Saturday, November 7, 2009

Patel, Technical Trading Systems for Commodities & Stocks

Charles Patel’s Technical Trading Systems for Commodities & Stocks (Traders Press, 1998 [reprint of the 1980 edition]) is a collection of 82 trading systems. Naturally, there are not 82 conceptually different trading systems. For instance, in some cases a trading system is branded “new” when a filter is added to a previous system. But there’s a more generous assortment of trading systems than most books offer.

What is particularly useful about this book is that in every case that a system can be quantified Patel provides precise arithmetical steps to generate the indicator; he also spells out the buy and sell signals. Even though the book was written before the launch of Excel and the work sheets are painstakingly typed (how spoiled we’ve all become), anyone with even the most elementary knowledge of Excel can easily follow the “system definitions” to produce a spreadsheet.

I realize that many of these indicators are included in technical analysis software packages, so traders don’t bother to learn how they are calculated. Well, that’s only one step up from black box trading. It’s important to know what you’re pinning your hopes on! Here indulge me on one of my pet peeves. Many people maintain that using canned indicators is like driving a car; you don’t have to know how a car works in order to drive it and you don’t have to know how an indicator is constructed in order to use it. But what happens if the car breaks down in the middle of nowhere—picture yourself in an old VW bus in the Gobi Desert (I’m transporting you back to the pre-computerized service era driving one of the most unreliable vehicles)--and you’re all on your own? If you’re savvy and it’s a duct-tape kind of fix, you’ll live to drive another day. What happens if your favorite indicator breaks down? If you know how it’s constructed, sometimes a tweak will get it up and running again. But you can tweak it only if you know what “it” is. The sophisticated folks who are trading adaptive systems and dynamically hedging presumably know what “it” is or at least have a mechanic an arm’s length away. The independent investor or trader is on her own, in the Gobi Desert, and has to be her own mechanic. In the case of most of Patel’s systems, she could have stopped her math education in the fourth grade and still survive. So no excuses!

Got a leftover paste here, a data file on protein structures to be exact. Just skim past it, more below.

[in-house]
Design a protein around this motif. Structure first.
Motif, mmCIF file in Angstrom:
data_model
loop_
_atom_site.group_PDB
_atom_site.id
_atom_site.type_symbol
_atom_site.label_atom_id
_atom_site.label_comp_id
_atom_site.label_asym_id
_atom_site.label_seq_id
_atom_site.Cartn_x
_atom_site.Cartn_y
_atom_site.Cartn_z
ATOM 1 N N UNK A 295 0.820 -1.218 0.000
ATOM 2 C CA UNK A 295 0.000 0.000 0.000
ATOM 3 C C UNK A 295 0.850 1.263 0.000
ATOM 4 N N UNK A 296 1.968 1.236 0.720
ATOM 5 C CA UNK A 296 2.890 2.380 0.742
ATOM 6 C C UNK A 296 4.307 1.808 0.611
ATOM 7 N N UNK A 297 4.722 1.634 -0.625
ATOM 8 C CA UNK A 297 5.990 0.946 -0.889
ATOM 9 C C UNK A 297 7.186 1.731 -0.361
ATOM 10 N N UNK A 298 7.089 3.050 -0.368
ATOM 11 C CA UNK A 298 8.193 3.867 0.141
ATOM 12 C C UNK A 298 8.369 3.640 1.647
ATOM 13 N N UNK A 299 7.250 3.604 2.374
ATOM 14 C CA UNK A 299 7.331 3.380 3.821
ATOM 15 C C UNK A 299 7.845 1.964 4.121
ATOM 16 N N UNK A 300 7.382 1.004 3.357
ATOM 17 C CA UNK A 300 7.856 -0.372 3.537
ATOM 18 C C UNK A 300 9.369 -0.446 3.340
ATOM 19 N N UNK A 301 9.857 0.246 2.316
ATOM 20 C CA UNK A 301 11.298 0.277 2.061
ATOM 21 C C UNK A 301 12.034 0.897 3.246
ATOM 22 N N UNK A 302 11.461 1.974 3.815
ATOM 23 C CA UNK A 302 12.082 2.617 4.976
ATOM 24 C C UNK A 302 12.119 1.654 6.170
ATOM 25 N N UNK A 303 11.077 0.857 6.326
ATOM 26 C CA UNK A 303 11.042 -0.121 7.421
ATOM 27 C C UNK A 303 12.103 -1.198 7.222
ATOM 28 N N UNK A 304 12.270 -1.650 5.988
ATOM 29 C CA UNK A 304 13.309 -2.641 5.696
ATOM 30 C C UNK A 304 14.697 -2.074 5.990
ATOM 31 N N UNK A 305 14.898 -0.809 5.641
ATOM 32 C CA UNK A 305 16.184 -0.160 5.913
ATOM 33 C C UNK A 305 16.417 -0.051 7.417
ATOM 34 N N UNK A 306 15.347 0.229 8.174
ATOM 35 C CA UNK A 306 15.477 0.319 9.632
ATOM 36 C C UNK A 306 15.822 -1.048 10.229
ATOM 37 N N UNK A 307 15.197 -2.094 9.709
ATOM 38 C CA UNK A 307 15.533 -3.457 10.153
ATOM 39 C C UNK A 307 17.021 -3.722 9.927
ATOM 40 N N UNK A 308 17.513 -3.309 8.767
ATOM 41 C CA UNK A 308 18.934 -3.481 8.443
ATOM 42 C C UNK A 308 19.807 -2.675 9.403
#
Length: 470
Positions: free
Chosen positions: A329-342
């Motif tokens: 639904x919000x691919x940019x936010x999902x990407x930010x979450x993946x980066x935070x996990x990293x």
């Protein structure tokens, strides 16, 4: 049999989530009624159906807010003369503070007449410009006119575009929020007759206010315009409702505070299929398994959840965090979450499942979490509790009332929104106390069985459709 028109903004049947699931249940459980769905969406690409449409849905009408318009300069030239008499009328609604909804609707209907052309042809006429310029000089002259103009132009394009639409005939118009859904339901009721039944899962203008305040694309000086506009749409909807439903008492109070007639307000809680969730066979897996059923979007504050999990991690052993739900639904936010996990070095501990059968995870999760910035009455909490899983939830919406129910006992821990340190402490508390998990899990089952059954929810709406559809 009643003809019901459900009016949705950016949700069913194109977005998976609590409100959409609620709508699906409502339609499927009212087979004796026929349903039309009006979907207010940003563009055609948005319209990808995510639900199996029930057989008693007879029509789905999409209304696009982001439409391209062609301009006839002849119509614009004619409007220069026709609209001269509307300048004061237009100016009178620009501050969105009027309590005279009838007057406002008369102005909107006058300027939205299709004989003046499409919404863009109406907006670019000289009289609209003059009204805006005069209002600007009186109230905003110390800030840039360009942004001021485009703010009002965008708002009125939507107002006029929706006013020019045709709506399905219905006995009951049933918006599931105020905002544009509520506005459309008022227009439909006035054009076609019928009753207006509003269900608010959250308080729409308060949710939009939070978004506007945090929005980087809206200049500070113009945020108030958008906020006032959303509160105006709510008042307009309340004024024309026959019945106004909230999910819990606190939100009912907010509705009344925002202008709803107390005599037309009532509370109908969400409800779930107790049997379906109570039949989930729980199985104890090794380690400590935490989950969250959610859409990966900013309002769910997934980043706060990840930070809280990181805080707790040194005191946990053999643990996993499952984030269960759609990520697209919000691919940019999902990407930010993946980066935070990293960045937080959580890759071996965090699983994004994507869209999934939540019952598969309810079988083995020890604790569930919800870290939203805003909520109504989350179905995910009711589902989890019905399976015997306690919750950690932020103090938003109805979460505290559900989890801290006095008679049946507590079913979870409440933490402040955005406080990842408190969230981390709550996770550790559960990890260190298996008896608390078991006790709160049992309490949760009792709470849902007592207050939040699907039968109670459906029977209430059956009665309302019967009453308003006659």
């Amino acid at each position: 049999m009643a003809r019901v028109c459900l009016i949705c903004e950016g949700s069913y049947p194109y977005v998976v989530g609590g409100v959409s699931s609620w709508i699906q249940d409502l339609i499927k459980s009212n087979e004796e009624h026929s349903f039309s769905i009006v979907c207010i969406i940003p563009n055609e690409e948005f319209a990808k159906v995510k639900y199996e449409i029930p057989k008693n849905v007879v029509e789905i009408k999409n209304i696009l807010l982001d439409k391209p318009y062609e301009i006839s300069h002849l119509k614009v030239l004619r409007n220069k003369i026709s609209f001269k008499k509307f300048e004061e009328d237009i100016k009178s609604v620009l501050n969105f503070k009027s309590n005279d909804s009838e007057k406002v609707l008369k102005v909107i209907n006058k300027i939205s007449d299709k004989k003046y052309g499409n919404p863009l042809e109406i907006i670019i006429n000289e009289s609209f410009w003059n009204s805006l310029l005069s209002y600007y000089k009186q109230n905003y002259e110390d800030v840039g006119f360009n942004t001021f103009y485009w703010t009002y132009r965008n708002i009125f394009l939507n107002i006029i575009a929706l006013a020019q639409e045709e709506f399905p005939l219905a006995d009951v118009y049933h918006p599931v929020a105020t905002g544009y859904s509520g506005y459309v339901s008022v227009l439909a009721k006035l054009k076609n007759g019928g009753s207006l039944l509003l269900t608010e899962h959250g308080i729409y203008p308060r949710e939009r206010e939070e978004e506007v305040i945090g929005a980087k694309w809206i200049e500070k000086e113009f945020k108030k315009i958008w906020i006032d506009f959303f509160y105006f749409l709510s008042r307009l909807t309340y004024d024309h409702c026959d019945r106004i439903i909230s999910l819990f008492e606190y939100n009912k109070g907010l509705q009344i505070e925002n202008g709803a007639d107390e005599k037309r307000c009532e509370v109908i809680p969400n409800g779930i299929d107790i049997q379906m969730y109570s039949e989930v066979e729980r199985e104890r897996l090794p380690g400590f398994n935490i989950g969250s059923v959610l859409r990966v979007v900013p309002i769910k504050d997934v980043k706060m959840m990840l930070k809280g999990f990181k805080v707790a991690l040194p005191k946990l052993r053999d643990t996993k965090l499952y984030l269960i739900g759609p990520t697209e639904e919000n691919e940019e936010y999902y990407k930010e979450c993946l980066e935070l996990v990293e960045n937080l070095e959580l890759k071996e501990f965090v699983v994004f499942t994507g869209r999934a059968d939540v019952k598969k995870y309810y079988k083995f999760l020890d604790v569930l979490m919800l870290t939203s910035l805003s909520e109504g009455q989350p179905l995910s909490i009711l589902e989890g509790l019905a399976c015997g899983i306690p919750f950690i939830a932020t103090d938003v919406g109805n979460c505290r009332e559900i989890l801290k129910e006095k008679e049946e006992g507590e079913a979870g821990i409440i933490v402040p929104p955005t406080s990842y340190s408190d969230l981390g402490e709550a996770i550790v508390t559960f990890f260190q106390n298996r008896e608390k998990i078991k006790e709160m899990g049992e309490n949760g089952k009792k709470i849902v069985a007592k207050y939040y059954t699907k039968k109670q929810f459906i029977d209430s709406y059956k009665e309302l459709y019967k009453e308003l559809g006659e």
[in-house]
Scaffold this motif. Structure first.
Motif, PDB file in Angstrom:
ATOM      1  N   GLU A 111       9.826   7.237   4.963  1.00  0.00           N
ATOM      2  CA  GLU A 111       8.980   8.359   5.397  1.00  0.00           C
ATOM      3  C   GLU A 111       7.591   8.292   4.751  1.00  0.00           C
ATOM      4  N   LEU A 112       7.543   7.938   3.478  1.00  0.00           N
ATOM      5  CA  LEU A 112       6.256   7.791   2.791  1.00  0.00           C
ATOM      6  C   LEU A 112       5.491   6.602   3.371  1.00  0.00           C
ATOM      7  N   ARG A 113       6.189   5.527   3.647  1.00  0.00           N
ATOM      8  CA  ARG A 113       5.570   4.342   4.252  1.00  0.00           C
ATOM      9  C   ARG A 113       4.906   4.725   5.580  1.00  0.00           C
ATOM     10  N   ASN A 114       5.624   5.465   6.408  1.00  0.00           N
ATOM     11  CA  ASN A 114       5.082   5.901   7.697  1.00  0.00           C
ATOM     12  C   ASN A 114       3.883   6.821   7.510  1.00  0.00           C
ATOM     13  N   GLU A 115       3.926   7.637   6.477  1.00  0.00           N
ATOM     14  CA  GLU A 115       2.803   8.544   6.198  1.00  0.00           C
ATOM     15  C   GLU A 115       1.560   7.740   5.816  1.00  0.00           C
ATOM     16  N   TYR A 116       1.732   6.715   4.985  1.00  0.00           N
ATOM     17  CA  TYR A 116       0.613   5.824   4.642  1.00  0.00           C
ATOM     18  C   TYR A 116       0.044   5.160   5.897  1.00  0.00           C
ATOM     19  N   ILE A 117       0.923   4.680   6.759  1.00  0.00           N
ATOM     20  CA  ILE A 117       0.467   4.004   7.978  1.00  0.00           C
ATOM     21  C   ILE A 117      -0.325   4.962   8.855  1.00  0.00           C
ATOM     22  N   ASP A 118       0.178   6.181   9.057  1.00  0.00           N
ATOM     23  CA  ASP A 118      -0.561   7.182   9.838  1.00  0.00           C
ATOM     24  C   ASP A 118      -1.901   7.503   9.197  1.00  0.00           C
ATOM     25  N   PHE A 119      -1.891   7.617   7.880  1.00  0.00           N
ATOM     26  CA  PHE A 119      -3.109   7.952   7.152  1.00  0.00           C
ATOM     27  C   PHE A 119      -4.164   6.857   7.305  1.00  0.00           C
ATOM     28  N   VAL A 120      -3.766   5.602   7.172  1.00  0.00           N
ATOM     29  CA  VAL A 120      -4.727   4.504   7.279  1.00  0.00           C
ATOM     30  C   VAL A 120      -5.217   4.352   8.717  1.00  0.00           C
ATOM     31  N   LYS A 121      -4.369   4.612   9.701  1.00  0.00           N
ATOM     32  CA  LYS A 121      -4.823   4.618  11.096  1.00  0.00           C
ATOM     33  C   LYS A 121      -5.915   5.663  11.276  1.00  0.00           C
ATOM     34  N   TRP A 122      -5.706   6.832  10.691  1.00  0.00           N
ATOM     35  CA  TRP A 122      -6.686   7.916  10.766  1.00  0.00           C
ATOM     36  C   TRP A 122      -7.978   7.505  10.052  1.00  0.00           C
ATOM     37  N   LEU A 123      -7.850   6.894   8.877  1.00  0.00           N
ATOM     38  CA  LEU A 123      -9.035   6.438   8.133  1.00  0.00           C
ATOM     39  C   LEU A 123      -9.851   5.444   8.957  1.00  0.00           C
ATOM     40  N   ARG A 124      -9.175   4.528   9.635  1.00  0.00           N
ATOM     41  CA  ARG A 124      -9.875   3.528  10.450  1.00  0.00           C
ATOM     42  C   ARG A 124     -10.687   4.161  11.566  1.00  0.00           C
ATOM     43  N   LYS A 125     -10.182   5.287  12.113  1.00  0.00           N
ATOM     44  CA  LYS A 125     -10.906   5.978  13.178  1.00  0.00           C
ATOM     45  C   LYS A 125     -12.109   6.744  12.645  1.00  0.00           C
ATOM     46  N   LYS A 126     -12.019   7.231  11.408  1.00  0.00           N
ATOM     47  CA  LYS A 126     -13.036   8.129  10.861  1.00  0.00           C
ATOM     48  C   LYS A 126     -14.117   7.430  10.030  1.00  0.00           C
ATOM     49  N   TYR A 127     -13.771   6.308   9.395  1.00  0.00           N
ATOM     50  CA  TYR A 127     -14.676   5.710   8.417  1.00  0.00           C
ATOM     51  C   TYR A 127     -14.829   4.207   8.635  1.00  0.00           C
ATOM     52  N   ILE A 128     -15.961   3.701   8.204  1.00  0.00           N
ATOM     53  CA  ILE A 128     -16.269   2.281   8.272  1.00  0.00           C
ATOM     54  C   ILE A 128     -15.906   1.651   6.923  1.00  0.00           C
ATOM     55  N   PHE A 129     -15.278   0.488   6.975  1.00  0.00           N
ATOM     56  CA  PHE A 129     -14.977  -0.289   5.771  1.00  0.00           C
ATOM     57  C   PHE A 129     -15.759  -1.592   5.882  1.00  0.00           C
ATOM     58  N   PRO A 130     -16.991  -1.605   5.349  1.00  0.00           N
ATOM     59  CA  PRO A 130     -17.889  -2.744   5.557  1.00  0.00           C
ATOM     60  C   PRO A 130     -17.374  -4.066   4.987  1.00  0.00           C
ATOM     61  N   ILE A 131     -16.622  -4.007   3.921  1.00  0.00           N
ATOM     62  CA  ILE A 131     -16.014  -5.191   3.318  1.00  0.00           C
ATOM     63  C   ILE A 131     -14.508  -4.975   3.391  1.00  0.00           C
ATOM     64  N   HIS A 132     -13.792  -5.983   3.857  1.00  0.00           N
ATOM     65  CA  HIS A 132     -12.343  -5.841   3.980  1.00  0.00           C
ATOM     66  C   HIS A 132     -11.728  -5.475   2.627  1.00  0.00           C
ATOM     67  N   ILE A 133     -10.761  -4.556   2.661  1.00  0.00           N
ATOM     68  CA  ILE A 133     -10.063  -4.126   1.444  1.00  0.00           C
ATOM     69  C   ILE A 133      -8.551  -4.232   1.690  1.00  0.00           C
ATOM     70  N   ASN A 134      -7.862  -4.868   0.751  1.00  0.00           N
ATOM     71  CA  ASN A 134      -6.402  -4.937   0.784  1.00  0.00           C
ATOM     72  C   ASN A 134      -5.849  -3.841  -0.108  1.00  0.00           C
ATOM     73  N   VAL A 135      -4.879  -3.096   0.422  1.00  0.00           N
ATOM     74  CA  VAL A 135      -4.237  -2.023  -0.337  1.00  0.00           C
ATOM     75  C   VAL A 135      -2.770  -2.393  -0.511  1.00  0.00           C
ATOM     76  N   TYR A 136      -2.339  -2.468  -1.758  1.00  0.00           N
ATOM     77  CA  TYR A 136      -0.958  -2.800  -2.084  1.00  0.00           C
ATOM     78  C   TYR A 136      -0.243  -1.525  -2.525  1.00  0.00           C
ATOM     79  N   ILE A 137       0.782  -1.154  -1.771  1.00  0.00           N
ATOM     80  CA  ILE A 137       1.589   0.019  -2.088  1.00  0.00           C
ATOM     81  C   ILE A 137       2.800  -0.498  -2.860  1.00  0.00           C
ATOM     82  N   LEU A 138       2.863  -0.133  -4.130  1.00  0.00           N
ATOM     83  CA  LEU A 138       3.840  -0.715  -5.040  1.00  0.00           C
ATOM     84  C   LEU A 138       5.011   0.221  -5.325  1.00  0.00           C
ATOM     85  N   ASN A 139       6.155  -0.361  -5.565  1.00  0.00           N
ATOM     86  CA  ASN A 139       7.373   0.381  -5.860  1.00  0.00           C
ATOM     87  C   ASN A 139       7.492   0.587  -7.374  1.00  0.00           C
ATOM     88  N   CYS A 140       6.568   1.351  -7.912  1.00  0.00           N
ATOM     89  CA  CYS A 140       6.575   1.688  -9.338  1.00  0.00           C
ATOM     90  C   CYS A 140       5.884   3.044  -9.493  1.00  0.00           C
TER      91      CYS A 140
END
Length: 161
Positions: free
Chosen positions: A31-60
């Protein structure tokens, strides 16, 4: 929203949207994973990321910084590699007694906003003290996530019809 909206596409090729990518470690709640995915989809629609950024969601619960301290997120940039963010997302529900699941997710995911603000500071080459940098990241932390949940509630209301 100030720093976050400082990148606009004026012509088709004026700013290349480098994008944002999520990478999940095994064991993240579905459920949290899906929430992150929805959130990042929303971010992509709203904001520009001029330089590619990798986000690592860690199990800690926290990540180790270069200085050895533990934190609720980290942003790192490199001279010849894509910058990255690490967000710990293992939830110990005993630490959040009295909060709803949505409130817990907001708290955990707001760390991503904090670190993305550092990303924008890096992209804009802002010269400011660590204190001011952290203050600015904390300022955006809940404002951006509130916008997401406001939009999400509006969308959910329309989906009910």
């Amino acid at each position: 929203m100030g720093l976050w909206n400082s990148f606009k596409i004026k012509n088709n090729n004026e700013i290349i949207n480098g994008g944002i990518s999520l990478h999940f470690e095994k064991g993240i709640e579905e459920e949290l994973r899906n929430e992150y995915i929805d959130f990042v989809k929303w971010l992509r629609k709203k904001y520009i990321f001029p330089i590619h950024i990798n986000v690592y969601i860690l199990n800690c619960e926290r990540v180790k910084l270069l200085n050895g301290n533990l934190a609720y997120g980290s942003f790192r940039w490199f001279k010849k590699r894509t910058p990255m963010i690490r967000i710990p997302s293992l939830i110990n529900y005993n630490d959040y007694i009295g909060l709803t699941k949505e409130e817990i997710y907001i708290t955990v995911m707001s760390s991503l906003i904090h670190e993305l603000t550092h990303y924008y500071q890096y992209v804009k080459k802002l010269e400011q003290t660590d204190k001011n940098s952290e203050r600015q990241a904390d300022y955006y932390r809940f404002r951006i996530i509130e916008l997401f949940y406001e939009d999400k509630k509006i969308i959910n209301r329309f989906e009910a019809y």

Now that I’ve vented, let me break up this post with a very funny
VW bus ad. Earlier I recounted my college African trip (and my first investment); one of the few things I brought back because I loved it was a 45 record of “Ag Pleez Deddy!” Since it no longer plays on anything even remotely resembling a “record player,” I was in search of an online download. The closest I could find was Jeremy Taylor’s 2007 very abbreviated redux and the VW knock-off.

Back from memory lane to potential here-and-now investor/trader-focused edges. Patel’s book may not be the latest and greatest, but he offers some strategies that have flown under the radar screen and on first blush may have potential. He gets you under the hood; he has an appreciation of what might work more often than not. This book is infinitely more valuable than all the “weekend camp” junk you can spend thousands on.

As I’ve said before about Traders Press books, if you’re interested in buying any of them compare the price on their web site with the price on Amazon; you’ll usually save a boatload of money if you go direct to the source.

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